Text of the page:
Given that the NK does not have its own juridical character, legal relations with third parties are common to all members of the partnership.

Allocation of profits

CC article 674 I defines the default allocation of gain or loss to the members of the NK in the absence of agreement in the partnership contract.  In these circumstances allocation is proportionate to the amount of capital each member has contributed.  However, partners can agree freely between themselves in the partnership contract the basis of allocation of gains or losses.

Note however that if the NK contract only agrees on a distribution of either profit or loss (but not both) it is inferred that the distribution that is undetermined will also follow a similar allocation approach.  Furthermore if, for example, a limitation is placed on the allocation of loss to a member up to the limit of his invested capital such a limitation is interpreted as being in-effective, as not in accordance with the basic NK definition of doing business in co-operation.  In other words it is not possible to contractually create limited liability membership of an NK.  (Later articles will deal with the Japanese limited liability partnership).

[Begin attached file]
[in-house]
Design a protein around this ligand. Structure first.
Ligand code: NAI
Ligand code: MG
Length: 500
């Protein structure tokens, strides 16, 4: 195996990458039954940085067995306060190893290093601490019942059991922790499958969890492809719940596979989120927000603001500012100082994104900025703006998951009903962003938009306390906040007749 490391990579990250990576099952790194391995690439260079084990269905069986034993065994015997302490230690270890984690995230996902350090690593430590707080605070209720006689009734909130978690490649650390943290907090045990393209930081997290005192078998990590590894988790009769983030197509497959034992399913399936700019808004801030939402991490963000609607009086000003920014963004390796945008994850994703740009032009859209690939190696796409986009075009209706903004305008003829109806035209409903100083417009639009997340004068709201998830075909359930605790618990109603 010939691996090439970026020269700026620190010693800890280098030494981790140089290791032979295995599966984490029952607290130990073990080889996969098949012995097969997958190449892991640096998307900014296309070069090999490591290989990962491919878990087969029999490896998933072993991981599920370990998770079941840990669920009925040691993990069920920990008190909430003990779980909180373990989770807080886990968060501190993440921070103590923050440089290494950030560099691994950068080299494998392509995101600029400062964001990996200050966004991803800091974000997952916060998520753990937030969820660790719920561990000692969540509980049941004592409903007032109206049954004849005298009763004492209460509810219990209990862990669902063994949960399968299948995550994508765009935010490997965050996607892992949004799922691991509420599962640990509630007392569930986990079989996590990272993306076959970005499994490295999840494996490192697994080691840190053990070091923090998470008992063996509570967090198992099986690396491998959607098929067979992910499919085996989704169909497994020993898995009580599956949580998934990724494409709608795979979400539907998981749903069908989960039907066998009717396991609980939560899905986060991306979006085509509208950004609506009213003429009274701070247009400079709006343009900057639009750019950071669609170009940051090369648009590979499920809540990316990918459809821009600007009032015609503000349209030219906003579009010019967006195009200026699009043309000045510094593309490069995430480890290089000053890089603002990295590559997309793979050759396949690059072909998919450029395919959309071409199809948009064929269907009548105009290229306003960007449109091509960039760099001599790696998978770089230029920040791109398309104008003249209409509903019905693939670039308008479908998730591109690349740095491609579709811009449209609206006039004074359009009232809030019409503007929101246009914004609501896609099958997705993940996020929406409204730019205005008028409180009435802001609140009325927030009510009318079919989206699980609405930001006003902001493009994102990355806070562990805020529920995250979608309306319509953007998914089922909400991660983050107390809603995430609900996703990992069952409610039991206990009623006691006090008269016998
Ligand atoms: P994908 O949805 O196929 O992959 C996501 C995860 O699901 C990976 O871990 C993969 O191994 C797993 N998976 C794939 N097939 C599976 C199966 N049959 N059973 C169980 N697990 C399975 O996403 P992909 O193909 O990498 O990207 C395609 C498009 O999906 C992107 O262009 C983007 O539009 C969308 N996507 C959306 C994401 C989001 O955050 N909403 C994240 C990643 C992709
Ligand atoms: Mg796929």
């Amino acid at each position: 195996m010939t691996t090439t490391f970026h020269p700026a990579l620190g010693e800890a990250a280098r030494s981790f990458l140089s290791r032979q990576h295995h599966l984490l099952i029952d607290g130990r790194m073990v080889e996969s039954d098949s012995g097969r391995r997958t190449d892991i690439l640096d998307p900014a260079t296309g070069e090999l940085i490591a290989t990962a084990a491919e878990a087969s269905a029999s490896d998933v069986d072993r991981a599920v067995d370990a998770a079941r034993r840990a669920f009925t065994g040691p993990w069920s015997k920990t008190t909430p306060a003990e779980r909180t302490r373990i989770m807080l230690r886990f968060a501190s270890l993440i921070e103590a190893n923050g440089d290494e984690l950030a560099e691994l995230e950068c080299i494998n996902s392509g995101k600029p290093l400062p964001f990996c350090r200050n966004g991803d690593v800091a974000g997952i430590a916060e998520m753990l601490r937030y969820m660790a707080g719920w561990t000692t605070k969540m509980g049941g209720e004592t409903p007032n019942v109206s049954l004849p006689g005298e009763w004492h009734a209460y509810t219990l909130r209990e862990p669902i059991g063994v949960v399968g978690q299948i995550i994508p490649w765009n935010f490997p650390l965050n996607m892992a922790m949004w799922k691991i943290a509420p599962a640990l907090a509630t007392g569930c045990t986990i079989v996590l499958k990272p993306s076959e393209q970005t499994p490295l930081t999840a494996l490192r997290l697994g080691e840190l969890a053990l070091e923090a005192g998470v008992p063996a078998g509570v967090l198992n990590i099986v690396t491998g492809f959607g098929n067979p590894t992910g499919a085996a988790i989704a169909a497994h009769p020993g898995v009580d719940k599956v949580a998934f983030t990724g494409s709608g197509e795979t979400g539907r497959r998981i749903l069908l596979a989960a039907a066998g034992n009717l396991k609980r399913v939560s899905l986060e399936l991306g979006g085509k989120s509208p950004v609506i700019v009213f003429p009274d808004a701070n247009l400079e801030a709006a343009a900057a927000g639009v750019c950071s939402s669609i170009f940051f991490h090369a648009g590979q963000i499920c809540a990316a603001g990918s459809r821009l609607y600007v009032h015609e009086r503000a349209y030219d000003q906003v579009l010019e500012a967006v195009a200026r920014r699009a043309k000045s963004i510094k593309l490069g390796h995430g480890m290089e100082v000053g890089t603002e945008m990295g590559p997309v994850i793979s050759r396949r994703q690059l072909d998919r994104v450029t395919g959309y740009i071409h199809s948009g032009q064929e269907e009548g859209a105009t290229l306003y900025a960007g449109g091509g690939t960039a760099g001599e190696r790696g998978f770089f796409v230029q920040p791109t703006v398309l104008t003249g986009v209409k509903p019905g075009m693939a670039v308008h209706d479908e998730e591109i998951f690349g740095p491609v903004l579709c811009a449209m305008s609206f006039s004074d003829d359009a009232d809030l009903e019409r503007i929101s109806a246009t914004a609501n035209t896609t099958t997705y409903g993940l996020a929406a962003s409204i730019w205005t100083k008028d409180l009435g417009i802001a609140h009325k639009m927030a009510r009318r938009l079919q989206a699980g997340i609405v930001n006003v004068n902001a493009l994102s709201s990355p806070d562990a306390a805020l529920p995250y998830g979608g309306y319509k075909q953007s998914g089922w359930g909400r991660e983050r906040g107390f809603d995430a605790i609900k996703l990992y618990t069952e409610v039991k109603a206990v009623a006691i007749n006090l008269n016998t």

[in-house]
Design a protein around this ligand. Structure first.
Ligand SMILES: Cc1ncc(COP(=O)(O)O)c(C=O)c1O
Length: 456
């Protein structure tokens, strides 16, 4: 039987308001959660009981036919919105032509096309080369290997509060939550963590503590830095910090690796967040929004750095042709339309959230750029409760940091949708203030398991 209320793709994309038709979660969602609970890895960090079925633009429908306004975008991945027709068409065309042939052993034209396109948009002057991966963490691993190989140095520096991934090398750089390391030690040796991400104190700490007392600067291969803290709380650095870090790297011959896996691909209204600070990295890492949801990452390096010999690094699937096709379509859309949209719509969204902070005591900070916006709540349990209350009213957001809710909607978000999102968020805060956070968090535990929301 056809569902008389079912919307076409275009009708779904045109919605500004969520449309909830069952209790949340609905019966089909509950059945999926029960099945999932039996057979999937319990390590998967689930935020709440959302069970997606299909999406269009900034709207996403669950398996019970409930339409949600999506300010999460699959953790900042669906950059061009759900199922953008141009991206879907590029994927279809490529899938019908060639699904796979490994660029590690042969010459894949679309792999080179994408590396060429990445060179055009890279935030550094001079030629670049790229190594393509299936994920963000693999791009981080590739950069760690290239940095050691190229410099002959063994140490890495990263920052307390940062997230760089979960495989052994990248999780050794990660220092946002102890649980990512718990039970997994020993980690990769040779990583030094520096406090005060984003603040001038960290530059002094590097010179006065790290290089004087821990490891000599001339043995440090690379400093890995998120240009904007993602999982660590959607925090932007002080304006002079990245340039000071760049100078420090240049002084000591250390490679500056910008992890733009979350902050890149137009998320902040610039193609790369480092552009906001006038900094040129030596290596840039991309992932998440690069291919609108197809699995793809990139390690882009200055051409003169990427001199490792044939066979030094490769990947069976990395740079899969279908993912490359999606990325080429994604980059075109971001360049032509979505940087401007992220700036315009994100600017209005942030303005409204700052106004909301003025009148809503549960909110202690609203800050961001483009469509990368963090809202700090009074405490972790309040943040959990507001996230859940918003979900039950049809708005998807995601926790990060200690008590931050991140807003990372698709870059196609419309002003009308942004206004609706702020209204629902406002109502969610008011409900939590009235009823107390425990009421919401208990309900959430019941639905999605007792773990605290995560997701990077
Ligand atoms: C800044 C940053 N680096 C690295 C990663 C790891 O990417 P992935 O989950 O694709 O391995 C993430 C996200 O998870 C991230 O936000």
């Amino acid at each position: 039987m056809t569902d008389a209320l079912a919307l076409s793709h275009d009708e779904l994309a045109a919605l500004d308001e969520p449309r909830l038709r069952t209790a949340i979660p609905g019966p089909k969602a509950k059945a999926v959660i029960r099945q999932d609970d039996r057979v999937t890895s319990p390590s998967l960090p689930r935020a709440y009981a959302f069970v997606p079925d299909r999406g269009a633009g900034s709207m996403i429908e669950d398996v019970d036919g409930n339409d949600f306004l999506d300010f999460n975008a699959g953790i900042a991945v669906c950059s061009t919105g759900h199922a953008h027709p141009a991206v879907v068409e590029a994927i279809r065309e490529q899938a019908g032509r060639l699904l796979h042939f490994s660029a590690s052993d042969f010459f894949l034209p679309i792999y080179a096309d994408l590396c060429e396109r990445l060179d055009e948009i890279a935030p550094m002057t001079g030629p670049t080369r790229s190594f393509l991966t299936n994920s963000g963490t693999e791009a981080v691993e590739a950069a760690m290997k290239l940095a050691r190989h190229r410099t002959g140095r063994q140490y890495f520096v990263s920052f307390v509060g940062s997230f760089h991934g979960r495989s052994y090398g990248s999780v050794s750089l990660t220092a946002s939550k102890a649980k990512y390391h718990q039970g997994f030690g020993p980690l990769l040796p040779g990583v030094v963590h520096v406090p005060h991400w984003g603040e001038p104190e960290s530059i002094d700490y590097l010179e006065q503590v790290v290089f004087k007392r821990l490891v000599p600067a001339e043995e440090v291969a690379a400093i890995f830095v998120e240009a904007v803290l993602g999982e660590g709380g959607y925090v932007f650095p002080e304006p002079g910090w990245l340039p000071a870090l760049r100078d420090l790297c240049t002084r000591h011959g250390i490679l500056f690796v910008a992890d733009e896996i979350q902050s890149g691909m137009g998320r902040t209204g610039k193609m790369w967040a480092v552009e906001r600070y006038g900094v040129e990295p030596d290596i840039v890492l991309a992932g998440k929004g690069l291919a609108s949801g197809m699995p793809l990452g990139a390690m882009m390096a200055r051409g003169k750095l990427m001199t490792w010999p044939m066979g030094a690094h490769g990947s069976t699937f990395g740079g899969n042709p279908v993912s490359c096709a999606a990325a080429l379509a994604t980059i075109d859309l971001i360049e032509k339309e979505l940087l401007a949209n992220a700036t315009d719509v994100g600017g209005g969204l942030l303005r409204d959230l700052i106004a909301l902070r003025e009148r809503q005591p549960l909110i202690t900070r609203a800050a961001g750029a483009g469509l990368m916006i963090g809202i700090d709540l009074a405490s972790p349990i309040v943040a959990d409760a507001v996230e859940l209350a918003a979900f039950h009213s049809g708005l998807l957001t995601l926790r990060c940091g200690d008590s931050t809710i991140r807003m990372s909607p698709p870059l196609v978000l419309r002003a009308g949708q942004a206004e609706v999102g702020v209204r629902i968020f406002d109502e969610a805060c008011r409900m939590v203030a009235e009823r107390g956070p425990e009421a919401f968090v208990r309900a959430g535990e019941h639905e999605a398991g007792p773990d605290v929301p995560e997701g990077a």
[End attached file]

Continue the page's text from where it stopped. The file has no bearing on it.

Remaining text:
Relationship with the Financial Products and Transactions law

The Financial Products and Financial Transactions law (below ‘FPFTL’), which regulates transactions in financial products, investor protection and related matters, deems certain NK rights to be marketable securities and hence subject to the scope of the FPFTL.  These include:

  • Rights arising from an NK where all of the investors have a right to participate in the underlying business of the NK.
  • Rights of an investor arising under an NK where the investor cannot receive as a distribution of profit or a return of partnership assets and amount in excess of their capital investment or contribution.
  • Rights arising to an NK member under certain insurance related and co-operative investments including investments under the Real Estate Specified Joint Enterprise Law (不動産特定共同事業法).

The FPFTL also allows the designation of certain other rights arising under NK contracts as marketable securities if in the public interest or for the protection of investors.

Disclosure required by Nin I Kumiai

Disclosure requirements for an NK to its members or other third parties can be determined by the terms of the NK contract.  However it is unusual to include disclosure requirements to third parties.  However for practical convenience, for disclosure to members, it is common to borrow or cross reference the requirements of the corporate law relating to the content or methodology adopted in the preparation of financial statements.

NKs deemed to be marketable securities under the above FPFTL law are however required to prepare disclosures required for marketable securities if certain conditions are met.

  • Where the main business underlying the NK contract is the business of investing in marketable securities.
  • Where through solicitation of investors more than a specified number of persons (500 persons or more) are owners of interests in the NK contract.

Given the above investors protection rules proper advice should be obtained from legal advisers based on the facts concerned to determine the status of the NK contract.